We must appreciate that only a very small percentage of the mentally ill will act out violently against others, the vast majority suffering alone and untreated. It is politically easiest to be dismissive of the pain that others endure in silence, when the bedlam exist in the dark abyss of some unfortunate psyche. Reality is that our politicians - the majority of whom kowtow to the demands of the insurance industry that will oversee mental healthcare costs in most instances - will act only in response to the illness symptomatically manifesting itself in the most macabre of displays.

I applaud any serious effort to recognize the scope of mental health disorders and the need of those professionals to receive funding for their treatment of the same. The first step toward meaningful reform will be a respect for the illnesses. For example, since the judge and jury decided he did not meet the definition of criminally insane, Andre Thomas would spend three years in the normal death row facility, often babbling as he did pretrial about biblical influences via the voices in his head, his struggles with the Antichrist. Much like our politicians, it is fair for us to assume that Texas prison officials needed more proof that Andre required mental healthcare, more than the brutality of his crimes, his incessant ramblings, his self-mutilation. So, Andre was moved to the State of Texas psychiatric unit only after he removed his left eye, this time opting to digest the same so that the government couldn't put it back in and read his thoughts, something Andre says he fears since his failing to eat the first eye.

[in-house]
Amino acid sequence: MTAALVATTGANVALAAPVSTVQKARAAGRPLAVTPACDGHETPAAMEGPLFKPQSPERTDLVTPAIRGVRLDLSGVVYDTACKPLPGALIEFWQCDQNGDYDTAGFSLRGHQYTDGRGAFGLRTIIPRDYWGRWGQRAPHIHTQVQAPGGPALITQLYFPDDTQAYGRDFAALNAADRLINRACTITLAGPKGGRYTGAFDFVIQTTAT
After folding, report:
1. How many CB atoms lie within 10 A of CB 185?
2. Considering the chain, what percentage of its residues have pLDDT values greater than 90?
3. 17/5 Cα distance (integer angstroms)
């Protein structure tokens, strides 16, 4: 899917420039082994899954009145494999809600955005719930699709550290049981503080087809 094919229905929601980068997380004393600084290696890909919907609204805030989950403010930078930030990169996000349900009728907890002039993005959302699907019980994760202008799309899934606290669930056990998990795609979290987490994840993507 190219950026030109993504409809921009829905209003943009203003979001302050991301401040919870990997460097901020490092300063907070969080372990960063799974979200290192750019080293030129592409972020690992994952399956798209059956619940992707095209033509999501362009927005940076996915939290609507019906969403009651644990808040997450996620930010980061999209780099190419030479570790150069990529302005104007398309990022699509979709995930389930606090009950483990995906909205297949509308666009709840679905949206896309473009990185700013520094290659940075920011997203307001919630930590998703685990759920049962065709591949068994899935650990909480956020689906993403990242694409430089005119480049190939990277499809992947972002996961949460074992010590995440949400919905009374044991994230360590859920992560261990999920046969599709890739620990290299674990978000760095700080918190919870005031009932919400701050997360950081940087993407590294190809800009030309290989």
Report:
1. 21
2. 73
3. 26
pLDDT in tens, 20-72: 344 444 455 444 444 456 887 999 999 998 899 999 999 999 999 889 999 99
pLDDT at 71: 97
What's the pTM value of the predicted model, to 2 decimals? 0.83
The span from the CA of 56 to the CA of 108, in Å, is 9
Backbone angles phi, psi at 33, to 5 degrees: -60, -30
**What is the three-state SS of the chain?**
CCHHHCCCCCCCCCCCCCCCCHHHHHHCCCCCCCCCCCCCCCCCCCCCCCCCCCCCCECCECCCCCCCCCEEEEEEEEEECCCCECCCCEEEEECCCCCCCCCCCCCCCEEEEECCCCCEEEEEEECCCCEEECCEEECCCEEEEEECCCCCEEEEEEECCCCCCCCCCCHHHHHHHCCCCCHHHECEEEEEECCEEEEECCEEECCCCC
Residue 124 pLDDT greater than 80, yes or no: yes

At first sign, we treat fractures with a cast so that they can heal and not worsen; a sneeze with antibiotics so that it doesn't become pneumonia. We can see infections in wound cultures, and head them off before they spread. Detecting and treating illnesses are routine and simplistic, with the apparent exception being mental illnesses. We don't see them, so we don't treat them, at least not until it is too late.

There are too many recent events where as a society we have become painfully aware of the effects of the worst-case mental illnesses playing out. The number of these cases, however, must pale in comparison to those that never publically manifest themselves, yet they are illnesses deserving of our respect. We can no longer accept a cynical approach. We must demand more, and hold our politicians accountable if they fail to adequately answer the call.

Born in Sherman, Texas, David Kennedy served as a deacon chairman and elder of a Southern Baptist church, before moving on to establish a non-denominational church, the first church ever to be permitted to hold its regular religious services in the local public schools. He is the author of You Voted For Who? And You Call Yourself A Christian?, and has been interviewed by multiple conservative and liberal broadcast media on issues addressing the interaction of politics and religion.